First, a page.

The technology industry giant Apple may be entering the market of augmented reality according to new reports by tech journalist Robert Scoble.
Scoble claims that the company will be working with the German lens and optics manufacturer Carl Zeiss. Rumors are that they will be making their own twist on something similar to Google Glass a couple of years ago, a device in which notifications for text messages or calls could be seen or pictures could be taken through the lens of glasses. Augmented reality (AR), contrary to the fully immersive and altered environment of virtual reality (VR), takes the real world and simply adds virtual elements to it, hence its nickname “mixed reality.” Think Pokémon Go, an extremely popular app that utilizes augmented reality to alter the real world around you. Through your phone’s camera you see your real lawn, but there is a Pikachu sitting on it. This is the core principle of mixed reality.
Apple CEO Tim Cook has shown incredible interest in delving into this market, stating that he believes it is a more relevant market than virtual reality; people will be far more likely to buy it as it is easier to use in everyday life “There’s virtual reality and there’s augmented reality — both of these are incredibly interesting… But my own view is that augmented reality is the larger of the two, probably by far,” he stated. While companies like Samsung, Oculus, and PlayStation are developing VR headsets, Apple is deviating from the future that other tech titans are envisioning.
The company working with Carl Zeiss implies that they will delve into the market of AR glasses rather than handheld devices. The glasses would likely have a projector of some sort on the inside of the temples or bridge of the glasses that displays an image on the lens, resulting in the user seeing the image without having to hold any object. It is an interesting choice from Apple to turn to glasses with this technology, especially considering the failure of the remarkably similar Google Glass a few years ago. I believe that the main reason this market is not appealing to people is that they simply don’t want to wear it. While devices like iPhone or iPad are held in hand, something like these glasses would be worn on the user’s face. That is often not what the consumer wants, since it requires displaying the tech out in public.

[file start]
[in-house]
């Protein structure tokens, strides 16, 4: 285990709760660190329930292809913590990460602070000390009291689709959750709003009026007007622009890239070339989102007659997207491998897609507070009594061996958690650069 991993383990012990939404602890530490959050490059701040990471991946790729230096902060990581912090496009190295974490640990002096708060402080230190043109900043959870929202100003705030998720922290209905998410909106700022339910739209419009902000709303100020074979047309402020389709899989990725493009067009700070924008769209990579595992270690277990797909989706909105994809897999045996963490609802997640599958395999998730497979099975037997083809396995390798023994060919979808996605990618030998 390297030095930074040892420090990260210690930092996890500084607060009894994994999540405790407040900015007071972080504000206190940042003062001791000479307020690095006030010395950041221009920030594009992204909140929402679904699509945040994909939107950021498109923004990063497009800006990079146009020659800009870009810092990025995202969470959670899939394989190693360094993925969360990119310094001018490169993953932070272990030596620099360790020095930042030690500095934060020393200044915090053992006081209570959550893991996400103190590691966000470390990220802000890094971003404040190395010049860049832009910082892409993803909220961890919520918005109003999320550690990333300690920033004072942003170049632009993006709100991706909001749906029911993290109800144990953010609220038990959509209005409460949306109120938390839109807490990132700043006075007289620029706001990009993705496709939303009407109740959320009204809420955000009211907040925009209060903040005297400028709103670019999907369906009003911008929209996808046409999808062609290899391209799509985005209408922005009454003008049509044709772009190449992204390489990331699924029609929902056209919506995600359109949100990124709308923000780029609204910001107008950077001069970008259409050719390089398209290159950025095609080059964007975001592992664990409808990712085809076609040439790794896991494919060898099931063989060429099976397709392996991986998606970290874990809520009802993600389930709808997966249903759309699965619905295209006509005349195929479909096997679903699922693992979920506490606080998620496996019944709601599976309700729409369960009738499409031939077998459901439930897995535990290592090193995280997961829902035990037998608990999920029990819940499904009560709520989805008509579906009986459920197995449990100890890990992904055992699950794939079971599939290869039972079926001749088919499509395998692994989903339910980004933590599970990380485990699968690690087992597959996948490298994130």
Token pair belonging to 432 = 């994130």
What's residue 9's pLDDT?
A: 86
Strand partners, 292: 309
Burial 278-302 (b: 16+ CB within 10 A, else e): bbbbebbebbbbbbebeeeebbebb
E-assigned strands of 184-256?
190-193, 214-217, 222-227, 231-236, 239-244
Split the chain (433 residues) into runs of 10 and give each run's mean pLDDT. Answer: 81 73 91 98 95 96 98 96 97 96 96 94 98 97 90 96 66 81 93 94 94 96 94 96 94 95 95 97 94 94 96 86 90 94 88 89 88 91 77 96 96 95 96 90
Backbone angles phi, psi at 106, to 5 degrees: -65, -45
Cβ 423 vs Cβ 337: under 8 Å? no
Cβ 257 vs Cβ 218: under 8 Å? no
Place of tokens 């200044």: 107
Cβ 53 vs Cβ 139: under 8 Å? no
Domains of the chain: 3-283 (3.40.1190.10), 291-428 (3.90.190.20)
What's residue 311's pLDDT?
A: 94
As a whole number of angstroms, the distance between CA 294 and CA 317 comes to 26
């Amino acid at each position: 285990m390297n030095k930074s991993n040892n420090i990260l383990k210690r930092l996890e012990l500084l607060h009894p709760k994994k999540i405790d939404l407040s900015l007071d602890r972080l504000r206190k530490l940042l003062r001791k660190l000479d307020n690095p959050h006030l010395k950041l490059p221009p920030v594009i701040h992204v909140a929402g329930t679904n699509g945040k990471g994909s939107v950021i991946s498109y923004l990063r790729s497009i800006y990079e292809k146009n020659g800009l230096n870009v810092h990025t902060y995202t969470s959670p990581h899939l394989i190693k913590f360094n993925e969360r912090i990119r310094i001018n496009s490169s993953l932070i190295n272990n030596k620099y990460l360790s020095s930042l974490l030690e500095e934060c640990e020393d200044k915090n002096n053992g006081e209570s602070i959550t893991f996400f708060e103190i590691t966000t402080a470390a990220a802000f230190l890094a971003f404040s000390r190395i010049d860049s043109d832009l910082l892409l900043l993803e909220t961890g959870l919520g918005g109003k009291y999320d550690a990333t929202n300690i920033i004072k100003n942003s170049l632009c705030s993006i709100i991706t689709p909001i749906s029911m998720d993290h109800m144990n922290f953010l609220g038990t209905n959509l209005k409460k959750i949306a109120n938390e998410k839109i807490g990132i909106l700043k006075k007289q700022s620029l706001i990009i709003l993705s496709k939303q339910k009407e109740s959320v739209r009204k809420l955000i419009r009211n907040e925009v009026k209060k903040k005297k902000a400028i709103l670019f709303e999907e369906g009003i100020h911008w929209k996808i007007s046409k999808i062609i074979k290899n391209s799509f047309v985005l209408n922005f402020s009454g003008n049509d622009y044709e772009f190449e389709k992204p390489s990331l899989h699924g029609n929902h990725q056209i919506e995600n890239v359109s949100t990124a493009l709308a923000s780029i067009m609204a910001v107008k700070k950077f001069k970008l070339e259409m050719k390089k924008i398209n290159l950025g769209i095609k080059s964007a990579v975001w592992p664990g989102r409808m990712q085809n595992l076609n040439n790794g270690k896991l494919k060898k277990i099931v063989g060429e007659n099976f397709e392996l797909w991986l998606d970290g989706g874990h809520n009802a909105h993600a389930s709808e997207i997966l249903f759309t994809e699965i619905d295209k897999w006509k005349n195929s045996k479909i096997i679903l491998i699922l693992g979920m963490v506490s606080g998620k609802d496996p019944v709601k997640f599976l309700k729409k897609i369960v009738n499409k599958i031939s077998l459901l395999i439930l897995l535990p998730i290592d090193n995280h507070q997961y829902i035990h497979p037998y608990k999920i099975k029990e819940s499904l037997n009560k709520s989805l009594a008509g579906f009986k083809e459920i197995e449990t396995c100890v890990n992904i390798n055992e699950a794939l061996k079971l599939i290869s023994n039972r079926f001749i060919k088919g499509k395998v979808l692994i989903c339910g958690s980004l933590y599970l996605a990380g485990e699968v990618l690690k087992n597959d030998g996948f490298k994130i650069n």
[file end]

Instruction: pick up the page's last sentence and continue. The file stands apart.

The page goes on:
Cook’s decision to turn Apple down the road of augmented rather than virtual reality will likely be a controversial one. It’s intriguing to me that he believed more in the mixed reality market. It seems far less futuristic of an idea than virtual reality, but maybe that’s the point. Starting with making augmented reality first is like taking a small step before the leap. It may be easier to introduce something a little more grounded and natural if the company wants to sell the product. Virtual reality has already entered the market, and clearly it is not quite a mainstream product yet. While it is true that Google Glass failed in its launch, the familiar Apple brand could be enough to push the product onto the everyday consumer.
On top of this, augmented reality is a more accessible and user-friendly device. VR has had issues in which users get dizzy, or they aren’t aware of what is happening around them. Augmented reality, on the other hand, preserves the real world that the user is in and therefore eliminates both of these issues.
Overall, Apple delving into this market has the potential to open up the mainstream market to this kind of technology. They have done it before; their release of their Apple Watch in 2015 opened up the average consumer’s eyes to the smartwatch, despite rivaling companies having similar products earlier than Apple. Their brand alone regularly helps attract buyers. So while virtual reality may not be as revolutionary as first expected, the future of augmented reality is as exciting as it’s ever been.